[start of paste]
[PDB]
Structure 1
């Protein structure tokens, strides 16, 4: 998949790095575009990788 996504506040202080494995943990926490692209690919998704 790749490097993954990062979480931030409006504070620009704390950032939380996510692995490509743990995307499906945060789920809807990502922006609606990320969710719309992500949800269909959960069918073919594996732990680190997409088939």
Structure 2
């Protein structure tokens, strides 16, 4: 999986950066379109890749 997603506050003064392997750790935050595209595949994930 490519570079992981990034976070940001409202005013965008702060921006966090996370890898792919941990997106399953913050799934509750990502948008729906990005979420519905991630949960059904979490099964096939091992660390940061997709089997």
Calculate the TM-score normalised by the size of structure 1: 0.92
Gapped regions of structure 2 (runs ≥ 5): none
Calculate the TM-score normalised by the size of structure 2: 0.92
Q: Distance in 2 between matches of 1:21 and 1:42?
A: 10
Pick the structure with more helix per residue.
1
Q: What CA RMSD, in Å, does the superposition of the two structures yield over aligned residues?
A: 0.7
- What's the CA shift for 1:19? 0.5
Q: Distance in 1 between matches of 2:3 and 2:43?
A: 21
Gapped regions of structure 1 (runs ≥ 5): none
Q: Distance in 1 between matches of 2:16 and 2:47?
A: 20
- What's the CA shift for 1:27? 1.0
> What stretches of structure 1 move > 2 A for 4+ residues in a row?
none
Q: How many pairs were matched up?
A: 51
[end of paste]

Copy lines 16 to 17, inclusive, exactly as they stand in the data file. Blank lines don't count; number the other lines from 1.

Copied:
Q: Distance in 1 between matches of 2:3 and 2:43?
A: 21